This blog provides supplementary thoughts and ideas to the site. If you haven't seen the main site, there is a lot there including the Martel and Rodwell interviews, photos, and articles. This blog is focused on advancing bridge theory by discussing the application of new ideas. All original content is copyright 2009 Glen Ashton.

Monday, April 21, 2008

Reading David Collier's excellent "Stayman v. Keri" blog entry (click on had me puzzled why nobody I've run into yet is playing Jeff Rubens's Inverted Stayman.

Inverted Stayman gets the partnership to 2M on 5M invite hands, but, in contrast to Keri, frequently has opener play the contract if that's the landing spot. Inverted Stayman works perfectly with the 5-4/4-5 major invite hands, unlike most other approaches.

Here's a simplified version of the ETM 06 Notrump structure (for the uber complex structure please click on using the terrific Inverted Stayman.


2C: Inverted Stayman, with all invites except 5-5+ in minors.
2D/H: Transfer, signoff or game force, can be just 4 card major if game force.
-- Responder's rebid of 2NT shows a 4 card major, or flat with 5, game force.
2S: Both minors, with a major suit singleton/void if less than a slam try.
-- Opener bids best minor if would decline a game invite, 2NT if would accept.
2NT: Transfer to Cs, signoff or game force.
3C: Transfer to Ds, signoff or game force.
3D: Game forcing Stayman.
3H/S: 4 in other major, singleton/void in bid major, game forcing.
4C: Transfer to Hs.
4D: Transfer to Ss.
Games: To play

2D: Any maximum, or minimum without a 4 or 5 card major.
-- non-jumps natural invites – opener will now show major if maximum
-- 3H/S: natural slam try with 4 card or longer major
2H/S: 4 or 5 cards in other major, fewer than 4 in this major, minimum.
-- Responder places contract
2NT: Both majors, minimum.
3C/D: Both majors, maximum, does not like bid minor (would pass invite in it).
3NT: Both majors, likes all suits.

Wednesday, April 02, 2008

Bobby Wolff in his book "The Lone Wolff" (2008, Master Point Press) mentions how the ACBL Board of Directors approved the annual Ottawa regional in 1993 or just before then (page 66). Readers might assume Ottawa did not have a regional before then, but this would be wrong.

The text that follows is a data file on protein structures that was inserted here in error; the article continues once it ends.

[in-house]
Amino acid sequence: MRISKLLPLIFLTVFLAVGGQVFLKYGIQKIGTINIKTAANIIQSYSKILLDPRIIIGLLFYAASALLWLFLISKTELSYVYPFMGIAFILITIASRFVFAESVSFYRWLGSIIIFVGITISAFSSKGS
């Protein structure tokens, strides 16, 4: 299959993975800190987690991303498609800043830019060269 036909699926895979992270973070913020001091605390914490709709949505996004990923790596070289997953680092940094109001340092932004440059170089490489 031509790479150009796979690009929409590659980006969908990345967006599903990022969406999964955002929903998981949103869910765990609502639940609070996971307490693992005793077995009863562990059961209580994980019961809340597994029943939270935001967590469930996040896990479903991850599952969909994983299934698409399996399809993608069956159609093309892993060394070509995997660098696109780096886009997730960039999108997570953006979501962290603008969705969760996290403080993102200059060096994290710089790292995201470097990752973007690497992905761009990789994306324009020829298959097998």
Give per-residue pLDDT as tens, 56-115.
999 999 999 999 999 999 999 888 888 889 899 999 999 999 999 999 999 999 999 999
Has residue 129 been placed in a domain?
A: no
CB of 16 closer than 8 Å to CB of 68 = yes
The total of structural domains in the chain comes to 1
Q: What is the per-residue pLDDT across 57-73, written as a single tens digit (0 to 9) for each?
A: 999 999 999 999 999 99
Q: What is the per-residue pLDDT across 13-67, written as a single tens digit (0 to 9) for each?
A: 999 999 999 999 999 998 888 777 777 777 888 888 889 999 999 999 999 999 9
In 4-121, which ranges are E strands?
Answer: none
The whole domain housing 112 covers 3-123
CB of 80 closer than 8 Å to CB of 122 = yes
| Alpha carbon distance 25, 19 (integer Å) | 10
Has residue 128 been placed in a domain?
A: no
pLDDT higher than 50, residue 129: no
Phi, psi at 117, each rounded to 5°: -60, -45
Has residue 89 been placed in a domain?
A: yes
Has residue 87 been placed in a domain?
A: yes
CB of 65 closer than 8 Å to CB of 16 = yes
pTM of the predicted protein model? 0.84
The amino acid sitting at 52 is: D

The Ottawa regional dates back to at least the 60s. In the 70s and 80s it was held every 3 of 4 years, but would give up the fourth year to allow other smaller cities in the district a chance to hold a regional. Since the Ottawa regional was a success (capital, 4th largest metropolitan city of the country, beautiful to visit), it was pretty clear to make it permanent.

What the ACBL Board of Directors were actually voting on, in Wolff's book, was making the Ottawa regional permanent and then this action would provide the district with a floating regional for the smaller cities (currently alternating years in Quebec City and Kingston split with New Brunswick). Given District 1 is over 20 hours of driving time from side to side, having a fourth regional (Montreal, Maritimes, Ottawa, Quebec City/Kingston-New Brunswick) was a very good thing to promote bridge.

Certainly some of the Board did not see it that way, but District 1 Director George Retek did all of us a great service by meeting with some of the other directors before the meeting and explaining the situation. Wolff in his book seems flabbergasted that pre-meeting discussions would take place, which, in my opinion, shows a poor view on how the Board meetings should work. Would one really want to have things decided at meetings without the board giving any thought beforehand, and then some directors speaking at the meeting with whatever popped into their mind about the subject?

When a contentious item is on the Board's agenda, directors need to discuss it before the meeting with other directors, and with the ACBL members of their district. They need to give the matter considerable thought before the meeting, and gather the necessary information about it. This is part of the job, and if Wolff couldn't see this, and was attending the Board meetings at member expense without doing proper preparation work on agenda items, I'm glad he gave it up. However I'm also happy he used his free time to write "The Lone Wolff", which is a great read on a wide variety of bridge subjects.

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In the early 80s, when I was a bridge puppy, I was playing against the late Barry Crane in the Ottawa regional main knockout event. In those days the knockouts were not bracketed, so us puppies had to play against the big dogs.

I knew Crane liked to open light, but I did know his full bag of tricks. We were vulnerable, and they were not, and Crane opened one heart on my right. I overcalled one spade, and the bidding was 1H-1S-2H-2S-2NT-? back to me. I had a 6-4 with good playing value, but would need my partner to have a full maximum to make game possible, so, after a lengthy thought, I bid a no-game-interest three spades, and this went all pass. Turns out partner had the full maximum. Crane had bluffingly made a 2NT "game try" on a 2-5-3-3 11 count with soft values!